HC Deb 07 July 1933 vol 280 cc640-2W

asked the Secretary for Mines whether he has satisfied himself that the systems of stable ventilation in mines are generally suitable for the provision of fresh air throughout; whether periodic tests are made of the purity of the air used for underground stable ventilation; and whether suitably regulated air inlets and outlets, the former entering low down from the rear of the stalls, through perforations in the back wall behind every third or fourth stall, and the latter placed at every third stall, near the roof and above the heads of the horses and ponies, are provided in all large stables in order to allow an even distribution of the air to each animal?


The law does not prescribe any particular method, but requires that the stables shall be continuously and thoroughly ventilated with intake air. From the many inspections made I am satisfied that this requirement is sufficient and that it is complied with.


asked the Secretary for Mines whether fully qualified head horse-keepers are employed in all colleries where numbers of horses and ponies are used below ground; the nature of the training and qualifications required by such head horsekeepers; whether, in practice, they may be over-ruled by under-managers or other mine officials in any respects; and whether he will consider the desirability of recommending to colliery owners that head horsekeepers shall be given adequate powers in all matters relating to animals employed underground?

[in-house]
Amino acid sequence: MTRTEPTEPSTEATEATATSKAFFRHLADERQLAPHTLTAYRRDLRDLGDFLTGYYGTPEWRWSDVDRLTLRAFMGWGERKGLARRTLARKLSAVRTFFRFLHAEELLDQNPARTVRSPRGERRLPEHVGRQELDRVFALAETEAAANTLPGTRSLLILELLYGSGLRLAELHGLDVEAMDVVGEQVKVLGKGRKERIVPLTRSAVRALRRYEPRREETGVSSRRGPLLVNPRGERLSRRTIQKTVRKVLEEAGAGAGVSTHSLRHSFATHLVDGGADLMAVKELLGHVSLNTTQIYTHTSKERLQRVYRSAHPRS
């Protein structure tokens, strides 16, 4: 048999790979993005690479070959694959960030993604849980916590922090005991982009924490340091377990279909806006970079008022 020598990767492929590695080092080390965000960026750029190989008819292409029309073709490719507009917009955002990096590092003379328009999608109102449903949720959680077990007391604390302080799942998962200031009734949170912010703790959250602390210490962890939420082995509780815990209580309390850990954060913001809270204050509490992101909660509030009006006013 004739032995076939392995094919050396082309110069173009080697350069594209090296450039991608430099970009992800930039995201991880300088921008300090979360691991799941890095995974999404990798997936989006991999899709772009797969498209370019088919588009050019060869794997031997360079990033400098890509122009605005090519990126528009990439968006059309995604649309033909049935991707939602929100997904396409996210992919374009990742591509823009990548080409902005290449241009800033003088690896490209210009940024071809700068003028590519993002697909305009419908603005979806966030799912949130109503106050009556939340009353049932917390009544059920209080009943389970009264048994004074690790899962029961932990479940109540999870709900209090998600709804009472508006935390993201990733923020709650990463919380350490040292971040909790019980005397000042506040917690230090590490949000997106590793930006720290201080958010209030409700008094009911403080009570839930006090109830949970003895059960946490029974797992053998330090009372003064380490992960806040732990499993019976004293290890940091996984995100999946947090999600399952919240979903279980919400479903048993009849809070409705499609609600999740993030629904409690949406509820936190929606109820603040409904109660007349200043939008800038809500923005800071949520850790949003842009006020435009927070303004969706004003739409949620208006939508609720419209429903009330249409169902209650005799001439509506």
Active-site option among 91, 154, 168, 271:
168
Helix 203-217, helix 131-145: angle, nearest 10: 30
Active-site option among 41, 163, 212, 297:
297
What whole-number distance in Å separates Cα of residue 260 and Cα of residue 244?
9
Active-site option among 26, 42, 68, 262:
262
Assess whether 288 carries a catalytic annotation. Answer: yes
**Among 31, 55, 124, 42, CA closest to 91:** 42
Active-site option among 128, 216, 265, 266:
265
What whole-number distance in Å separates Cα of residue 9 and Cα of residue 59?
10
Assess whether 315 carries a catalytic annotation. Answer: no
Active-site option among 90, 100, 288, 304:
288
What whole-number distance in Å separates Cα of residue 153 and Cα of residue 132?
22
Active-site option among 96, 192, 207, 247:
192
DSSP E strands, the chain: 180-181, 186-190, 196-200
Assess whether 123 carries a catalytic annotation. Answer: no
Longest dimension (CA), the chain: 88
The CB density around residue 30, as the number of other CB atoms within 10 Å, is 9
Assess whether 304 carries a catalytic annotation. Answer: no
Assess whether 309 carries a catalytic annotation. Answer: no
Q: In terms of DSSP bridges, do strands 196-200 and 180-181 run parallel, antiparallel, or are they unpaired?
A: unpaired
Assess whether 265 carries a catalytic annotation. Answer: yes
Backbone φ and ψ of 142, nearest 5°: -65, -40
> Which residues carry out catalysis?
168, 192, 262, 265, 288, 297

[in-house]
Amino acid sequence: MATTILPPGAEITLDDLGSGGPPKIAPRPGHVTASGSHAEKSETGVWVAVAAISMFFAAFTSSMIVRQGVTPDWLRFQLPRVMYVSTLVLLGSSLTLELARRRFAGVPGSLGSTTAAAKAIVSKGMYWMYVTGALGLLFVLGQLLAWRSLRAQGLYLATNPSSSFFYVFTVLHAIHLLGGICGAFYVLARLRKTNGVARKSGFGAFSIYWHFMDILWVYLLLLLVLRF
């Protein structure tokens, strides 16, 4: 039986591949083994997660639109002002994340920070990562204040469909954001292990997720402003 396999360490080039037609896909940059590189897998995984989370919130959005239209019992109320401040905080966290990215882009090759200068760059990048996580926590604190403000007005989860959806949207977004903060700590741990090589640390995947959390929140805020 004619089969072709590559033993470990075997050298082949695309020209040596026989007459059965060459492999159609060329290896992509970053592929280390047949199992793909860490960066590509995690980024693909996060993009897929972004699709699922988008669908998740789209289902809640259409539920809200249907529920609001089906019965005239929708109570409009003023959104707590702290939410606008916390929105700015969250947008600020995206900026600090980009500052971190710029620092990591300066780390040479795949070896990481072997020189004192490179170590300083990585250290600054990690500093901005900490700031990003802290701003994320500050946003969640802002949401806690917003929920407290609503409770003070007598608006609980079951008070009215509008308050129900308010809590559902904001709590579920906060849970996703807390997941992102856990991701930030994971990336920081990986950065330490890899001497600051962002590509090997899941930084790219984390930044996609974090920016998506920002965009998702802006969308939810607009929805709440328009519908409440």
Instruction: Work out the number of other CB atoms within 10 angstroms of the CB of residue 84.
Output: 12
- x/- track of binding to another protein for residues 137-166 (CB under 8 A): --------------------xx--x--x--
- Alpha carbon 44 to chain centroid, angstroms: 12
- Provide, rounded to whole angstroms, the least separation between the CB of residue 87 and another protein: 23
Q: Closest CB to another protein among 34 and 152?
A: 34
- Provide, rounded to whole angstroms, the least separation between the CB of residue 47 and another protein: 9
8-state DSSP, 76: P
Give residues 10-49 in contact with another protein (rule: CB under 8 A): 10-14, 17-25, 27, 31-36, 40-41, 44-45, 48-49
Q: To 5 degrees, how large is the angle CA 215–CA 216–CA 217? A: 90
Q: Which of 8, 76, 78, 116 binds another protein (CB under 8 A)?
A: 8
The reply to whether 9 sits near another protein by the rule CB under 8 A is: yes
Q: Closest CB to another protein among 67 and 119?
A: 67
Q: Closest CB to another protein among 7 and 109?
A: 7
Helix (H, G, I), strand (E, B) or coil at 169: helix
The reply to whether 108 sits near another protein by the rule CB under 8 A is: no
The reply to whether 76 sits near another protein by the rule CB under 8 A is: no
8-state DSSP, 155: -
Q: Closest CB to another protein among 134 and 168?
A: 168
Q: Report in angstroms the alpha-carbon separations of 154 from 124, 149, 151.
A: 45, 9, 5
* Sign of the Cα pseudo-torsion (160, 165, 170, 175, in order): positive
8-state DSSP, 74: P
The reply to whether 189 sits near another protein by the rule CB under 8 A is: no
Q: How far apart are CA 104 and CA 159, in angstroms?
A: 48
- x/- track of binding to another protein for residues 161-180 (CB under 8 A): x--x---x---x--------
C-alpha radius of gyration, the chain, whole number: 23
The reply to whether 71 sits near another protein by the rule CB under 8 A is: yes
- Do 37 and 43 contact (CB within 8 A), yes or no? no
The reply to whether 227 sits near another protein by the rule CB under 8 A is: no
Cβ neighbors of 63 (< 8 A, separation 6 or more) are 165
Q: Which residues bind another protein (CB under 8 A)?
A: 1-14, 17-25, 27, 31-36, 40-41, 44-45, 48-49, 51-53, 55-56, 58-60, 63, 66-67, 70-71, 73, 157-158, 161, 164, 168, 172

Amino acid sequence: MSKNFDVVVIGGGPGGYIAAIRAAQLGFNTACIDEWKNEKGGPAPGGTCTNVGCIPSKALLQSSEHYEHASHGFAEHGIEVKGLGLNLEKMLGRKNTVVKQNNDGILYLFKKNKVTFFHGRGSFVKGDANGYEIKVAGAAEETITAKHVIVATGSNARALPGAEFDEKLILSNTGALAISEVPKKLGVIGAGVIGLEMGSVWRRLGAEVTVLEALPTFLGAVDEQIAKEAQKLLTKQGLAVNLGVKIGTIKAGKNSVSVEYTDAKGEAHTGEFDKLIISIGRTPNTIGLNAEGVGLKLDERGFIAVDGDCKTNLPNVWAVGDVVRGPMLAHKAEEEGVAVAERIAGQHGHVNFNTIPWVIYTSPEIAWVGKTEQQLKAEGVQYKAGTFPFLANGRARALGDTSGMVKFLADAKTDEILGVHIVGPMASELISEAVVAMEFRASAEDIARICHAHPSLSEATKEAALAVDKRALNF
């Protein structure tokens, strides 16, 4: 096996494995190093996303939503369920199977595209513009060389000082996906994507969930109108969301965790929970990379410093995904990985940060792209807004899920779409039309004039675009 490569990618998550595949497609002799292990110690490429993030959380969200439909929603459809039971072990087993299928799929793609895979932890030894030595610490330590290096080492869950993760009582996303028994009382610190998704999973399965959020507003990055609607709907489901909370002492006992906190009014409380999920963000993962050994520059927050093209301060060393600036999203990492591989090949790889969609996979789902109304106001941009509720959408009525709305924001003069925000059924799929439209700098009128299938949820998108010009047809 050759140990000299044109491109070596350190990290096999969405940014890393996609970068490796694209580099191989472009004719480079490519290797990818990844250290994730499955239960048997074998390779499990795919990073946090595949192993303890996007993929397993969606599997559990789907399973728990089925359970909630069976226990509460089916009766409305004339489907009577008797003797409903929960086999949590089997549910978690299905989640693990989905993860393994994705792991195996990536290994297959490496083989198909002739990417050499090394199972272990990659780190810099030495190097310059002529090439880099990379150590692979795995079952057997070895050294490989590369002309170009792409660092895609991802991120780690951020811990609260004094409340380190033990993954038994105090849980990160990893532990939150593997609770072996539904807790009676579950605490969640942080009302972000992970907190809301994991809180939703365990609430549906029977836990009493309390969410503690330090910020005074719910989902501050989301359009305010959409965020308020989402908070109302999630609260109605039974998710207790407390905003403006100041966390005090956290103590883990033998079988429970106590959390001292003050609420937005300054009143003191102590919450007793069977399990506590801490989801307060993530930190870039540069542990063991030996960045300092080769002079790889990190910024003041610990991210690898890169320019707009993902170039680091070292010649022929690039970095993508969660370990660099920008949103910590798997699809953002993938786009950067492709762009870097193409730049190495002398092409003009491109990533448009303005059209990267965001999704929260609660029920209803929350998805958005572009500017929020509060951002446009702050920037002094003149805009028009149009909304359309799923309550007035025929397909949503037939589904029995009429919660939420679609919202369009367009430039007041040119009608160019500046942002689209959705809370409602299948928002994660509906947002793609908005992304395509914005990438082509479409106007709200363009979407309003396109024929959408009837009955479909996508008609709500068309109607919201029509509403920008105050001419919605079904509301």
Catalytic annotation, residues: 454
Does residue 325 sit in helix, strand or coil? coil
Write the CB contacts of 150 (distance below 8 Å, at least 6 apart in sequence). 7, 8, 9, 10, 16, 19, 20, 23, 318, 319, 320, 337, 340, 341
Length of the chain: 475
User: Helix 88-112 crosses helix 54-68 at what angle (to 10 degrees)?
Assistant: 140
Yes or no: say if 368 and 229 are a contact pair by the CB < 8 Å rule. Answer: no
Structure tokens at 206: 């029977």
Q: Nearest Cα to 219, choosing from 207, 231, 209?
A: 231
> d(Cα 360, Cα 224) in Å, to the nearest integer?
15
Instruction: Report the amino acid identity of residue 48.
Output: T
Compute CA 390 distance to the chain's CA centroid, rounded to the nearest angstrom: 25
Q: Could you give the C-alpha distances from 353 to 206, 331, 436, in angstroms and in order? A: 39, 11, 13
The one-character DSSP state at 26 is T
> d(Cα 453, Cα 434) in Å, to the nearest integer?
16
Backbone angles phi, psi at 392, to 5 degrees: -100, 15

It is the general practice for head horsekeepers to be employed in collieries employing considerable numbers of horses. Whether such appointments are made or not rests with the managers concerned; there are no statutory provisions relating to the standard

Haulage Accidents at Mines under the Coal Mines Act.
Year Total Number of Persons. Number of Boys under 16 years of age
Killed Injured Number killed and injured. Per 1,000,000 tons of mineral raised Killed Injured Number killed and injured. Per 1,000,000 tons of mineral raised
North Staffordshire.
1930 8 856 146.1 56 9.5
1931 6 690 128.4 31 5.7
1932 4 650 114.5 17 3.0
1930 15 2,276 155.5 1 308 21.0
1931 9 2,377 176.5 3 261 19.5
1932 11 2,076 165.0 235 18.6
1930 2 301 108.2 17 6.1
1931 2 257 97.4 16 6.0
1932 251 102.9 16 6.6
1930 11 2,134 146.9 3 246 17.1
1931 10 2,135 147.9 238 16.4
1932 10 2,031 150.4 2 161 12.0
Note—Particulars of the number of shifts worked on haulage operations are not available.
Comparisons between one district and another are affected by natural conditions in the mines and by the organisation of haulage work, e.g., kind of haulage employed, proportion of boys and adults employed on this work, etc. In particular, there is no relation between the tonnage raised and the number of boys employed.

of competency required. I am not aware that head horsekeepers are interfered with by other officials of the mine in the proper discharge of the duties allotted to them, or that their powers to perform their duties are inadequate. If the hon. Member knows of any specific instances in which this is alleged to be the case, I shall be obliged if he will bring them to my notice.